Read the blurb of this on Amazon or Goodreads. How does this not just sound like one of the craziest, most hardcore things you’ve ever seen? How does this not just sound like a book I’d love?
Of course I was going to pick this up. I kept moving it back on my TBR in order to read things I found to be “more important”, but dude. Nothing’s more important than entertainment.
Authors: Justina Ireland
Good amount of fantasy/sci fi gore in this one. It’s suitable as YA, though, as long as you’re not too squeamish. Like a lot of books I’ve read recently, this one does have quite a bit of racial tensions that could cause those who experience negative race-based events to feel bad. That being said, I think Ireland’s book is very empowering and just HARDASS overall. There’s definite payoff to reading through the hard bits.
On With the Review!
This book was one of the most creative things I have ever read. Not only was it a fantastic alternate history (and fantasy/sci-fi, since it didn’t really try to explain the zombie disease mechanics too closely), it was YA I could get behind. There was a palpable sense of horror ever looming, but the bold and brash Jane McKeene almost protected the reader from it just as she did other characters in the book. Jane was very hardcore, and her struggle for survival and respect was a drive I could get behind. Jane was just wonderful.
Not just Jane, though; Katherine, Gideon, and the complicated and not-present character of Jane’s mother were very well done. Ireland made them all complex and filled with life. She gave them powers and flaws, and she gave Jane – the narrator – snap judgments that were sometimes proven and sometimes disproven. Her use of Jane’s limited perspective to investigate personal and societal relationships was fantastic.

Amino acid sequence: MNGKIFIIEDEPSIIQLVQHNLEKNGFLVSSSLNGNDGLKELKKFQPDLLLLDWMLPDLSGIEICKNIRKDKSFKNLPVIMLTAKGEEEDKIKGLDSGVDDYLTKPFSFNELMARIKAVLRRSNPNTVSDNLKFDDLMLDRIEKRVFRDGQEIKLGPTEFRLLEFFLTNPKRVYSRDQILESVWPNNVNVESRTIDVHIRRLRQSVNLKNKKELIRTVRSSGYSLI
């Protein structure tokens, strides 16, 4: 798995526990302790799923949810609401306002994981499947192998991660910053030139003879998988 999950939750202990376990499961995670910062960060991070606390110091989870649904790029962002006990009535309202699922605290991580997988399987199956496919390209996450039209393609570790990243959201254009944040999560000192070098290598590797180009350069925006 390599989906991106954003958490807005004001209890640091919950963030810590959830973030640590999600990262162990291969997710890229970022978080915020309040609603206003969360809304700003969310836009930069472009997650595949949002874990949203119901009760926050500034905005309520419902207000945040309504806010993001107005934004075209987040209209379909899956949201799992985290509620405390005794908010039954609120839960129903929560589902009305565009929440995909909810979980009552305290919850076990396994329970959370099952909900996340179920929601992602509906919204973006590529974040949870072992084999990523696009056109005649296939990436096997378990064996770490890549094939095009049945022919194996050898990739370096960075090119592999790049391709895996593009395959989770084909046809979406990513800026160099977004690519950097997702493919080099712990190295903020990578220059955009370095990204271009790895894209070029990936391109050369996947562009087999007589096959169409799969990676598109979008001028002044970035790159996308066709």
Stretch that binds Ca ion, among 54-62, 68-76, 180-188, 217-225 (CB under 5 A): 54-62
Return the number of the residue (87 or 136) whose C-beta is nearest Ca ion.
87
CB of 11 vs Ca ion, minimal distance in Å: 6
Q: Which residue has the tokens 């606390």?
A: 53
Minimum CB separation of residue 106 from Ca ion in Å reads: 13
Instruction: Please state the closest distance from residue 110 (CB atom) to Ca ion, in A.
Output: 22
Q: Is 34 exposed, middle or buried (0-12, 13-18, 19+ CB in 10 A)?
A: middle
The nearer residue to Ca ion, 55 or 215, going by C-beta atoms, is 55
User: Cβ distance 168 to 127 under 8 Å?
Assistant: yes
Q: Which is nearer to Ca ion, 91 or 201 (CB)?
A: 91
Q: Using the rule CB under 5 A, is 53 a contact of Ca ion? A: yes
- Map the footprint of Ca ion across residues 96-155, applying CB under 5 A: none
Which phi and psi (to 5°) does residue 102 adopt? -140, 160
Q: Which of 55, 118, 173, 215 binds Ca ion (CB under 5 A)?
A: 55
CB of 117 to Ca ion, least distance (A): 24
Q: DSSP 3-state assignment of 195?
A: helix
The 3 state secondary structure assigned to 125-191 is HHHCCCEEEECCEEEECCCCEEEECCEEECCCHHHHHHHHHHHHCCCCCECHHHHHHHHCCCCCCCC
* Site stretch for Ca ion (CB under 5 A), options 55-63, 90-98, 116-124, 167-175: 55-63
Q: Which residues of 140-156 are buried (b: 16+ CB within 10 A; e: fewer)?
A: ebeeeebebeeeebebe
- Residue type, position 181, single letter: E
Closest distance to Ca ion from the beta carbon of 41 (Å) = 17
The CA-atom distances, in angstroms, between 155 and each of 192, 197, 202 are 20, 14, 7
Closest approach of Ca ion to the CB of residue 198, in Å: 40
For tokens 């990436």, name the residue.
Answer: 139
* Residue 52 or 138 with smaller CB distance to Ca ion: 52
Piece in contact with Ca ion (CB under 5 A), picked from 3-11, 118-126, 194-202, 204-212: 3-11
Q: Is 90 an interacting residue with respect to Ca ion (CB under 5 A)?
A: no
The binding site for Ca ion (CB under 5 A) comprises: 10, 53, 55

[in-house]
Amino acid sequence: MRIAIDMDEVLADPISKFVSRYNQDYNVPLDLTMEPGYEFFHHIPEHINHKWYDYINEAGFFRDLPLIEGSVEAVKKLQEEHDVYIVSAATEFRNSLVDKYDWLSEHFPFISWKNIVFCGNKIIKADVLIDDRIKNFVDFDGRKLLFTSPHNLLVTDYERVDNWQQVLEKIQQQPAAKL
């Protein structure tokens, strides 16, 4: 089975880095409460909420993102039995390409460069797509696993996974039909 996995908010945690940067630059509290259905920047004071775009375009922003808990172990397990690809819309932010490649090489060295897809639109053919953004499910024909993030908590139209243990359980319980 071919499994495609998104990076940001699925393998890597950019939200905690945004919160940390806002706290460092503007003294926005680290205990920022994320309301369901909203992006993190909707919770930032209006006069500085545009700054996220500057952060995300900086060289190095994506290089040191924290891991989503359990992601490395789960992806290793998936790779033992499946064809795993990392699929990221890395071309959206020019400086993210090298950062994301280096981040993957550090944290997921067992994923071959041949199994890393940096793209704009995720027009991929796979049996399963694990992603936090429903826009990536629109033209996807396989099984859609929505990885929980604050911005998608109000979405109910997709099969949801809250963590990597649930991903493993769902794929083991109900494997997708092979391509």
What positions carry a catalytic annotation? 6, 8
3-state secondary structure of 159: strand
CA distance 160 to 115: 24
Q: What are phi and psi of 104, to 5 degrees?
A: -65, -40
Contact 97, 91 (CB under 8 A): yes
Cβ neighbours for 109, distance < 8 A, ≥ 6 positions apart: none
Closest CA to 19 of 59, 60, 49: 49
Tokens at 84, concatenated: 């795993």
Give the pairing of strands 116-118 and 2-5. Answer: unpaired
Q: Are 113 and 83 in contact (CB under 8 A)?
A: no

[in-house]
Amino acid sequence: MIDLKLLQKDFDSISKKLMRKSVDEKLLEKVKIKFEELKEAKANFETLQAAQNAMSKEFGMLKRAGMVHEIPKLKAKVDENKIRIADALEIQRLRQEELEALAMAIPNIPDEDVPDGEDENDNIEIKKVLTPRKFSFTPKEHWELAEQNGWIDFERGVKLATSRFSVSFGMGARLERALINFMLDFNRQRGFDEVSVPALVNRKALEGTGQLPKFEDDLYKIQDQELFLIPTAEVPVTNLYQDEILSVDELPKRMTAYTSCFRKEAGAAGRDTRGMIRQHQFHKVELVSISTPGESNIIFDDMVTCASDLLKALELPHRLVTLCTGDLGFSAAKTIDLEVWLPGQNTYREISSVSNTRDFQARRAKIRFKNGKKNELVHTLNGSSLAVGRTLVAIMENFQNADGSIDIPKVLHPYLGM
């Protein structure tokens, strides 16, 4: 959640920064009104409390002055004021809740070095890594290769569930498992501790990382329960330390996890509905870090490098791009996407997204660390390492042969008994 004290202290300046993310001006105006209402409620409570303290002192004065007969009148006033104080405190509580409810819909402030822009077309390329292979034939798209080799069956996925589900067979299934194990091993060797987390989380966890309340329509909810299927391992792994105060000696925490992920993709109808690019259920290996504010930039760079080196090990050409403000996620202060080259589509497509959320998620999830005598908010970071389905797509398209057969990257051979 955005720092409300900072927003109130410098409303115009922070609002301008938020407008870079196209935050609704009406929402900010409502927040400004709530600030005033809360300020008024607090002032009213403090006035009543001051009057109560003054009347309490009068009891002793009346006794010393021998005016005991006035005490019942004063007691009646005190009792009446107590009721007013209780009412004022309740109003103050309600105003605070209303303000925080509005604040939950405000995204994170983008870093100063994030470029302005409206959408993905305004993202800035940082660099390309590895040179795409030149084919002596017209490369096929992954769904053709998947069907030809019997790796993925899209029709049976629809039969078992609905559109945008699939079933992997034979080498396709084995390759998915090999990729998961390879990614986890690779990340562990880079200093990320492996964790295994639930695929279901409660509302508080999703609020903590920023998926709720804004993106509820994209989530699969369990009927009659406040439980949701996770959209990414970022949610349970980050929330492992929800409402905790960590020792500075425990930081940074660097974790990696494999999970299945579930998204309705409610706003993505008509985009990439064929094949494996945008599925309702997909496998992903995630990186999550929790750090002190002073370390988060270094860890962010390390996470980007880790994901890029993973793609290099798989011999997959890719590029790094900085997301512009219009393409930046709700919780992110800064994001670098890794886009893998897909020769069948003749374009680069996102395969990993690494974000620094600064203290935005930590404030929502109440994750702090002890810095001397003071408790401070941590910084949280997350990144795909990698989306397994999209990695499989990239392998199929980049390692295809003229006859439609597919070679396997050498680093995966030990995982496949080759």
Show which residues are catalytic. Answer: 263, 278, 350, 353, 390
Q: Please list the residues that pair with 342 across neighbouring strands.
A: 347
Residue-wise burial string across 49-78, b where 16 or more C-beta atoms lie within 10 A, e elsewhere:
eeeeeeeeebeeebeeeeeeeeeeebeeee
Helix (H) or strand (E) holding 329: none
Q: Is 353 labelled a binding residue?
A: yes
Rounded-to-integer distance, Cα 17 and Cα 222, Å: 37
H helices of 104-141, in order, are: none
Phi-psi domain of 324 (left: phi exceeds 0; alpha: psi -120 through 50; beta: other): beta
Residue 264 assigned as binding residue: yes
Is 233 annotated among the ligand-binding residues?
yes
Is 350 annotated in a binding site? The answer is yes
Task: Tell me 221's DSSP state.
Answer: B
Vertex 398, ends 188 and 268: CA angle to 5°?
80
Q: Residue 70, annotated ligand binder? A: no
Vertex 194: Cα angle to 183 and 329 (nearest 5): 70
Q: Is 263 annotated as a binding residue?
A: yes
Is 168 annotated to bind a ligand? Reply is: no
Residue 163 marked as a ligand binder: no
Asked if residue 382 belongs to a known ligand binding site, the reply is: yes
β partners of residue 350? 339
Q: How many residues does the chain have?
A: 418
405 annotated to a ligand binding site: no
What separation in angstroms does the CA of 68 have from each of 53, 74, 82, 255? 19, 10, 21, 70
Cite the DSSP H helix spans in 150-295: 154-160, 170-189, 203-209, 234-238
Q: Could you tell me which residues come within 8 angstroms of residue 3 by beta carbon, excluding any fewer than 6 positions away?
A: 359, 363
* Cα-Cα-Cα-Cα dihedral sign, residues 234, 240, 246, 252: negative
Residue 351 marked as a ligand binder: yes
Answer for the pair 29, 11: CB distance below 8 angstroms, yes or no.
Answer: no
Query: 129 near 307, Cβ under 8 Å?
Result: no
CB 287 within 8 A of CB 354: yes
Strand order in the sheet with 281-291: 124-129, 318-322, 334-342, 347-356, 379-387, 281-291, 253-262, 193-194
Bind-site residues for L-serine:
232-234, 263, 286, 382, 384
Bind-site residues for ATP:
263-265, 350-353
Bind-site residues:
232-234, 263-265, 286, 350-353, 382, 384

Also, the twist about Jane’s backstory? I didn’t see it coming, but I could see after the reveal how Ireland had planted all the clues earlier. While that was the biggest twist (in my opinion), there were many twists as we learned more things that weren’t initially within Jane’s first-person-limited view. The build to where Jane starts to see multiple other characters more clearly and understand herself in relation to them was, undoubtedly, one of the best parts of the book.
What would I have changed? I’m not a huge fan of the way vaccines were represented in the book. The research undertaken by multiple scientists was both sketchy and bad science. Ireland was genius in a thematic way to include allusions to illegal and horrifying medical experimentation on black people, but the goal of the vaccine was never really seen as a good thing. It was always suspicious. Perhaps this 2018 anti-vaccine premise didn’t age well post-pandemic, but this part bothered me.
As a whole, great book.
5/5 Discoball Snowcones
What I’m Reading Next:
Got bored, decided to check out an audiobook on the library’s “available now” list, which is always a crapshoot. Stay tuned for Ninth House!